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Composite Data Types in Siebel eScript

Although primitive data types are passed by value, composite types are passed by reference. If a parameter is passed by reference, the variable's value may be changed for the calling procedure. When a composite type is assigned to a variable or passed to a parameter, only a reference that points to its data is passed, as in the following fragment:

var AnObj = new Object; = "Joe";
AnObj.old = ReturnName(AnObj)

function ReturnName(CurObj)

After the object AnObj is created, the string "Joe" is assigned to the property The string is assigned by value because a property is a variable within an object. Two copies of the string "Joe" exist.

When AnObj is passed to the function ReturnName(), it is passed by reference. CurObj receives a reference to the object, but does not receive a copy of the object.

With this reference, CurObj can access every property and method of AnObj, which was passed to it. If were to be changed while the function was executing, then would be changed at the same time. When AnObj.old receives the return from the function, the return is assigned by value, and a copy of the string "Joe" is transferred to the property.

Thus, AnObj holds two copies of the string "Joe": one in the property .name and one in the .old property. Three total copies of "Joe" exist, including the original string literal.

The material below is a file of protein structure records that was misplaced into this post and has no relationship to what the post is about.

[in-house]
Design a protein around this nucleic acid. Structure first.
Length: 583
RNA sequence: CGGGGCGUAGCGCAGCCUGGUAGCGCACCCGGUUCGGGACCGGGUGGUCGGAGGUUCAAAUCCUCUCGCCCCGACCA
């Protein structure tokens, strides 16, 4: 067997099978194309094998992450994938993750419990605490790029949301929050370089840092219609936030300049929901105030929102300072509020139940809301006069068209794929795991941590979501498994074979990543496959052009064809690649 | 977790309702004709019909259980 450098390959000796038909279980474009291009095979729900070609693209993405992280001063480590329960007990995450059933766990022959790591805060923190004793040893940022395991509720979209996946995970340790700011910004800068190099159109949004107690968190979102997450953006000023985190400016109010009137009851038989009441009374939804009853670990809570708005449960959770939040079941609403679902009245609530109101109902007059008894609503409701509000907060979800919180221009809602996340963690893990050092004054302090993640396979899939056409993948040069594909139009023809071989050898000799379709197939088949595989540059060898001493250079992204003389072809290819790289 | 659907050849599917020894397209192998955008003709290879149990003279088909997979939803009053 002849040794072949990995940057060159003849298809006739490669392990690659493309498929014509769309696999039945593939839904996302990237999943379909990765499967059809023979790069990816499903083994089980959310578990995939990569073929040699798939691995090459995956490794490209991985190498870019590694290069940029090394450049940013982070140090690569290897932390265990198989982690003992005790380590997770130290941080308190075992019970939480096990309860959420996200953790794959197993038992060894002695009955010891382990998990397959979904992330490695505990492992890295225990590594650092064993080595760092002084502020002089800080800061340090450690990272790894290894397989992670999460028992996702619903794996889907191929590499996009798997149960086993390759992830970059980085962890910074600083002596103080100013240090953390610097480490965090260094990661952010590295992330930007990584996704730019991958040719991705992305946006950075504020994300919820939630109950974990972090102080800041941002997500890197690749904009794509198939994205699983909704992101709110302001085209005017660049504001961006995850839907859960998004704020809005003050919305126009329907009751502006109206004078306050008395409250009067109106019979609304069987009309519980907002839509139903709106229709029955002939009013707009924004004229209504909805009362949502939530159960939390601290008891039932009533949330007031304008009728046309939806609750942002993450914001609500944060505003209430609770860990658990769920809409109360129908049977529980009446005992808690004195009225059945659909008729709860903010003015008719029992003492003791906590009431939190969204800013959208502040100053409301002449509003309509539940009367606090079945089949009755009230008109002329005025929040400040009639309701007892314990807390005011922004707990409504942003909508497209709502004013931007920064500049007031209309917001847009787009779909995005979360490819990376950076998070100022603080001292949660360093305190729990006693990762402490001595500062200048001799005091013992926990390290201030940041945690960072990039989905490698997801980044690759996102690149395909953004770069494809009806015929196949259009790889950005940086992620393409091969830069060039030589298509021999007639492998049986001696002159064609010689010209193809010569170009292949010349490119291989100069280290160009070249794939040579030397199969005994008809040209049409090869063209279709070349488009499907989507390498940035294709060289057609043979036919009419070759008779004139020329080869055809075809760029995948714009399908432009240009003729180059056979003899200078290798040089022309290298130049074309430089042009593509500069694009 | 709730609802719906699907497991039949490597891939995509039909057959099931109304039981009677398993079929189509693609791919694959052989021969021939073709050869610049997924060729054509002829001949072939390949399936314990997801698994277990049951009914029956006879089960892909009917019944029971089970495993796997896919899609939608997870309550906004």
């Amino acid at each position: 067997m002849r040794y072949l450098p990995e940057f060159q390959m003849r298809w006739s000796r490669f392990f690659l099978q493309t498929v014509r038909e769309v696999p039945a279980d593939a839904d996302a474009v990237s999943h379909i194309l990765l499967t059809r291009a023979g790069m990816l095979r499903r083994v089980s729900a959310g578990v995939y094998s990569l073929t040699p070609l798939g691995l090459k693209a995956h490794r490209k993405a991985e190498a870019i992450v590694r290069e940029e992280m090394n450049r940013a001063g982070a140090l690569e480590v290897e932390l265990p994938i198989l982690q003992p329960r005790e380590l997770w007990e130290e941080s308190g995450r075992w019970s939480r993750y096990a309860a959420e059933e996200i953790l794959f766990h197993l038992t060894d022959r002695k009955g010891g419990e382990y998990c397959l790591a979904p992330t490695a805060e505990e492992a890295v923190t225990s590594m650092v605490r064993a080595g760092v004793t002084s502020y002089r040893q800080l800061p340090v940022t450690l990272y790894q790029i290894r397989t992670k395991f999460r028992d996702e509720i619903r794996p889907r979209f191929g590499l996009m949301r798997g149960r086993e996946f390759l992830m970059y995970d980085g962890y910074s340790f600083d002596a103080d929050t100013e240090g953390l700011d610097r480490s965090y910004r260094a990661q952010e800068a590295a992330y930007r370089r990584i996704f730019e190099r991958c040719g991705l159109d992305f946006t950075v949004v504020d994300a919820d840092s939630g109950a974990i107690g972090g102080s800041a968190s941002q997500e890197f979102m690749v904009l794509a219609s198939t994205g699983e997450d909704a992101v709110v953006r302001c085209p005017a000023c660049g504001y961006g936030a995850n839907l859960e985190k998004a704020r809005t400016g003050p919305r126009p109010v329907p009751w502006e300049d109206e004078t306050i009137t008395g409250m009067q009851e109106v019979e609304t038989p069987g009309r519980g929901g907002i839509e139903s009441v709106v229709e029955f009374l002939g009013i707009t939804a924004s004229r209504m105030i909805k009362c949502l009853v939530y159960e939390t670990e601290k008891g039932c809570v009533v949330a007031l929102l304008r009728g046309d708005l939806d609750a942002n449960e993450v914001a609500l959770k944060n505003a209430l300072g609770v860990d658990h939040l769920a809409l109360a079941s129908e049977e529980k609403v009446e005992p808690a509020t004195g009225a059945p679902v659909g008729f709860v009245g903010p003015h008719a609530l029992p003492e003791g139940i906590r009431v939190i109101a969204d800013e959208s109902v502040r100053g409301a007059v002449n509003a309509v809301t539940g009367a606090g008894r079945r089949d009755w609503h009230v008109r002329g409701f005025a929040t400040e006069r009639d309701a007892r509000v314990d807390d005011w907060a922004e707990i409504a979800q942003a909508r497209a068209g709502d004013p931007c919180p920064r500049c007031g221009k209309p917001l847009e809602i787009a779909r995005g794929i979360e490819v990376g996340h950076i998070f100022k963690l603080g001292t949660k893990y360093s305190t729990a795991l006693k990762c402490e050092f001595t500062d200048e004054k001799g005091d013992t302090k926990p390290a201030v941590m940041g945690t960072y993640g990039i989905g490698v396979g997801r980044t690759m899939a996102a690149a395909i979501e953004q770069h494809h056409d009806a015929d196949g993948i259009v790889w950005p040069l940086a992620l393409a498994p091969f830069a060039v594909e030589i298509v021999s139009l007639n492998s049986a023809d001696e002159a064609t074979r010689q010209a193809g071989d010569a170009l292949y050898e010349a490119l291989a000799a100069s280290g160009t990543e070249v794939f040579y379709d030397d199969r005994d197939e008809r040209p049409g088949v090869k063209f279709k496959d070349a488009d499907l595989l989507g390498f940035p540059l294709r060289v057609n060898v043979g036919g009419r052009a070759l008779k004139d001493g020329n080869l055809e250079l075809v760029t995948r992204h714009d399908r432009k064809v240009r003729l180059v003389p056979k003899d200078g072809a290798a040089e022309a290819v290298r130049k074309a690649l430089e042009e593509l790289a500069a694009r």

Two commonly used composite data types are Object and Array.


An object is a compound data type that consists of one or more pieces of data of any type grouped together in an object. Data that are part of an object are called properties of the object.

The object data type is similar to the object data type in Visual Basic and the structure data type in C. The object data type also allows functions, called methods, to be used as object properties.

In Siebel eScript, functions are considered as variables. It is best to think of objects as having methods, which are functions, and properties, which are variables and constants.


An array is a series of data stored in a variable that is accessed using index numbers that indicate particular data. The following fragments illustrate the storage of the data in separate variables or in one array variable:

var Test0 = "one";
var Test1 = "two";
var Test2 = "three";

var Test = new Array;
Test[0] = "one";
Test[1] = "two";
Test[2] = "three";

After either fragment is executed, the three strings are stored for later use. In the first fragment, three separate variables contain the three separate strings. These variables must be used separately.

In the second fragment, one variable holds the three strings. This array variable can be used as one unit, and the strings can also be accessed individually, by specifying the array subscript of the element containing the string to be used.

Arrays and objects use grouping similarly. Both are objects in Siebel eScript, but they have different notations for accessing properties. While arrays use subscripts, objects use property names or methods. In practice, arrays should be regarded as a unique data type.

Arrays and their characteristics are discussed more fully in Array Objects.

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